The origins of the Cancer Concern Center are connected to a simple question:
It’s a question pondered by many people when they’ve just been diagnosed with cancer and don’t know where to turn.
It’s a question debated by those who are enduring cancer treatment and struggling to see the light at the end of a dark tunnel.
And it’s a question that pestered two women who had just met but shared an important bond: cancer and a desire to connect with others.
In June 1996, Jill McDonough and Lori Jeffries (both breast cancer survivors) met at a spa weekend retreat for women with cancer. About 10 women participated in the retreat, which had been recommended by psychologists and oncology nurses.
None of the women knew one another or had attended any kind of support group. But throughout the weekend, there was instant bonding and a constant flow of conversation among the women, who exchanged phone numbers and promised to keep in touch.
Jill and Lori couldn’t stop thinking about how wonderful it felt to be in the company of other women who truly understood what it’s like to share your life with the insidiousness of cancer. They wanted the camaraderie and kindness they’d experienced at the retreat to continue, but they didn’t know where to find such an interactive, supportive environment. So they participated in cancer walks and fundraisers, and sought out support groups, but nothing felt quite right.
“Lori and I thought something special had been given to us through the retreat,” Jill recalls, “but then it kind of left us cold again. I found some support groups at the hospital, but they were extremely depressing. You were right outside the radiology unit, and who wants to hang out there?
“When we were at the retreat, it felt like we were at ‘Aunt Mary’s house’,” Jill continues. “So it was up to us to find that type of warm, homey place…or create it ourselves.”
The Cancer Concern Center began to take shape when Jill stumbled upon a small shop that specialized in bathing suits for women who’d had mastectomies, “but there was a couch and a coffee machine in the back,” Jill remembers. “I spent a rainy day in that shop, chatting with the other women. I left thinking, ‘now this is something!’. And I called Lori right away.”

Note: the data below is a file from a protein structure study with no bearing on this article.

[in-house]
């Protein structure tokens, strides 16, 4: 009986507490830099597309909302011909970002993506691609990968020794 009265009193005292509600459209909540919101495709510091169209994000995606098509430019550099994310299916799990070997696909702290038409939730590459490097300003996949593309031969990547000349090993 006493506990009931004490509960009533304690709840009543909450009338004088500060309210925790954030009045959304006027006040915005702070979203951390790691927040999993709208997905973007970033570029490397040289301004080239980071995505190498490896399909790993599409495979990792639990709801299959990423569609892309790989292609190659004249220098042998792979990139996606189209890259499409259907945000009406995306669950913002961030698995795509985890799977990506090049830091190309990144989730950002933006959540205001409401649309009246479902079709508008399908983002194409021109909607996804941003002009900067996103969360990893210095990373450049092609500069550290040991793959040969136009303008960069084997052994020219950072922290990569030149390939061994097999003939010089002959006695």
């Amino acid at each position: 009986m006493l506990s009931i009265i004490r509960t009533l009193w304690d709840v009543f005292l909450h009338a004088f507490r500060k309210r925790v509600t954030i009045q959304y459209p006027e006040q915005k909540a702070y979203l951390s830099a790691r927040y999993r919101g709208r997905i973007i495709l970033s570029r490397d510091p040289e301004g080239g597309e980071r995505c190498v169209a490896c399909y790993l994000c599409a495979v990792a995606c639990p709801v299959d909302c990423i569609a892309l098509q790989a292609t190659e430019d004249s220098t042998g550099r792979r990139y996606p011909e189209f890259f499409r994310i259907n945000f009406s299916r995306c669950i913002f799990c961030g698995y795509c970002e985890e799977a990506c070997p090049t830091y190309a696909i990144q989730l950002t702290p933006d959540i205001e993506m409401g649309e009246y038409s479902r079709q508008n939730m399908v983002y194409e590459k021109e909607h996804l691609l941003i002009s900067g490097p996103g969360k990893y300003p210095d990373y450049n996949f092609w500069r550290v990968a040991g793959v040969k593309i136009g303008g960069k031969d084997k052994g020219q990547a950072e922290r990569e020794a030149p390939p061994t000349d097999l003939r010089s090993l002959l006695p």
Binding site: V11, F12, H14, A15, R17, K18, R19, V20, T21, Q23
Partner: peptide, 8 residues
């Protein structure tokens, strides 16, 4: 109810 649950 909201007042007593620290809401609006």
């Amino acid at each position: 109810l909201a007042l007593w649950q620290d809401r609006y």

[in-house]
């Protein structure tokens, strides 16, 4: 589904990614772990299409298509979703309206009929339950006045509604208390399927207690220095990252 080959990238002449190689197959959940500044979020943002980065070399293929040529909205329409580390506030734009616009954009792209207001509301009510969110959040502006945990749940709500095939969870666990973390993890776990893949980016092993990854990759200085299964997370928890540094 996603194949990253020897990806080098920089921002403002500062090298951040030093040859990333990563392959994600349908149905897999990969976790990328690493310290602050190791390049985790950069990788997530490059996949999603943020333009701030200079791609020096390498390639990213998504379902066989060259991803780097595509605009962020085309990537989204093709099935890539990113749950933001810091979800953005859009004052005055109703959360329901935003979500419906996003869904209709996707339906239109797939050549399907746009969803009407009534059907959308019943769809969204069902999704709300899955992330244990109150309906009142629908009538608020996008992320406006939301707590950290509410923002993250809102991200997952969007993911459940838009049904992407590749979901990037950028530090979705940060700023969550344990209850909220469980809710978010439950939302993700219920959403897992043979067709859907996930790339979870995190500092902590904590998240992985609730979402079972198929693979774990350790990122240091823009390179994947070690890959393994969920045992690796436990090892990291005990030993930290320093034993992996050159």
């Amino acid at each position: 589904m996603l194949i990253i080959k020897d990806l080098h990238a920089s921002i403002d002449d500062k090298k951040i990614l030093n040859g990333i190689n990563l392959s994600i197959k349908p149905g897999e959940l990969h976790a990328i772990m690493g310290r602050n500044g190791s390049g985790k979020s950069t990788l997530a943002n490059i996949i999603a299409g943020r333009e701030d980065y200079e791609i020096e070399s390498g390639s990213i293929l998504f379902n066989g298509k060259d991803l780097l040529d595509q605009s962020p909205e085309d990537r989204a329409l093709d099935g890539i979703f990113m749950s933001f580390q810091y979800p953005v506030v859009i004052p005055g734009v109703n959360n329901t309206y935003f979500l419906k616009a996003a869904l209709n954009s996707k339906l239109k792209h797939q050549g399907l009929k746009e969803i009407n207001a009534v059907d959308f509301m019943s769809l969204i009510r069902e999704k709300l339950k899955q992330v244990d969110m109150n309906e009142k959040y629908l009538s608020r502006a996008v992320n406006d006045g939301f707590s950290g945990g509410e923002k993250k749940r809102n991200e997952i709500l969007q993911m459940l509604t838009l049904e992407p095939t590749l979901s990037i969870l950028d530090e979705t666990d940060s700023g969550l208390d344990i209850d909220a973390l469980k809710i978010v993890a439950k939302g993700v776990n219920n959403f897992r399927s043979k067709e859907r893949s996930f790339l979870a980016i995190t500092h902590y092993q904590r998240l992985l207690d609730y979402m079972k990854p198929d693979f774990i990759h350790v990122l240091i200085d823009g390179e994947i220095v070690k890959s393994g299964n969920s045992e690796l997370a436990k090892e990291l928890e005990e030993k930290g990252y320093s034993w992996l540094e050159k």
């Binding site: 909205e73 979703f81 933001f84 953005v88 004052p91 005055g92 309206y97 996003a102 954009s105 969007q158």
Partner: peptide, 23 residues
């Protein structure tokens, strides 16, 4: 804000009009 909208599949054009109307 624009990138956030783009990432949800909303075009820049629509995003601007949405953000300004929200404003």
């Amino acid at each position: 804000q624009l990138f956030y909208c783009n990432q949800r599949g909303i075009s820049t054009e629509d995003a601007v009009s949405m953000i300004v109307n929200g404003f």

As Jill and Lori told everyone they knew about their “great idea” for a comfortable, home-like support center, an anonymous donor contributed $10,000 and other sizable donations followed, especially those made in honor of loved ones who had passed away from cancer. This financial support from the community enabled the new non-profit to start renting space on Richmond Avenue in Point Pleasant Beach (the Cancer Concern Center’s current location).
“As soon as I entered the office, I knew it had the perfect layout,” Jill relates. “I said, ‘This is it! This is God!’ We had space for a living room and kitchen, which is perfect for support groups, and we even had a separate room that could be used for yoga classes. We didn’t have a computer or a phone, but we had a Cancer Concern Center!”
The Cancer Concern Center hosted its first support groups on Tuesday mornings and Wednesday nights in the fall of 1996. Even as the Cancer Concern Center gradually expanded its programs to include free access to nutritional counseling, Reiki and yoga classes, makeovers, massage and meditation, its roots have been in support groups from day one.
From the early days of distributing fliers and asking people for donations (a necessary practice that continues!), the Cancer Concern Center has met a critical need in the community for caring, knowledgeable support of adults with cancer.
Women and men who have been diagnosed recently, or are further along in their journey with cancer, are encouraged to stop by the Cancer Concern Center, have a cup of tea or coffee and talk about what’s troubling them. Staff and volunteers – all of whom have been personally touched by cancer – are available to offer referrals, advice, hugs and peace of mind.
“Ten years ago,” Jill points out, “there’s wasn’t much talk about wellness or a mind-body connection in people with cancer. Today, the medical community is much more accepting of a tie-in between physical care and overall wellness.
“Women tell us all the time they couldn’t have gotten through chemotherapy without their Reiki and yoga,” Jill continues, “or they wouldn’t have been able to handle a recurrence of cancer without coming to our support groups.
“Cancer is a walk through a period of your life,” Jill believes. “Your life starts again when you’re told you have cancer. At the Cancer Concern Center, we’re trying to give people hope and encouragement that we can get through this journey together.
To support the Cancer Concern Center, please consider making a donation. We’re committed to offering as many free wellness programs as possible to adult cancer survivors in the Monmouth/Ocean County area of New Jersey. In order to do so, we’re dependent on the generosity of our community. Thank you!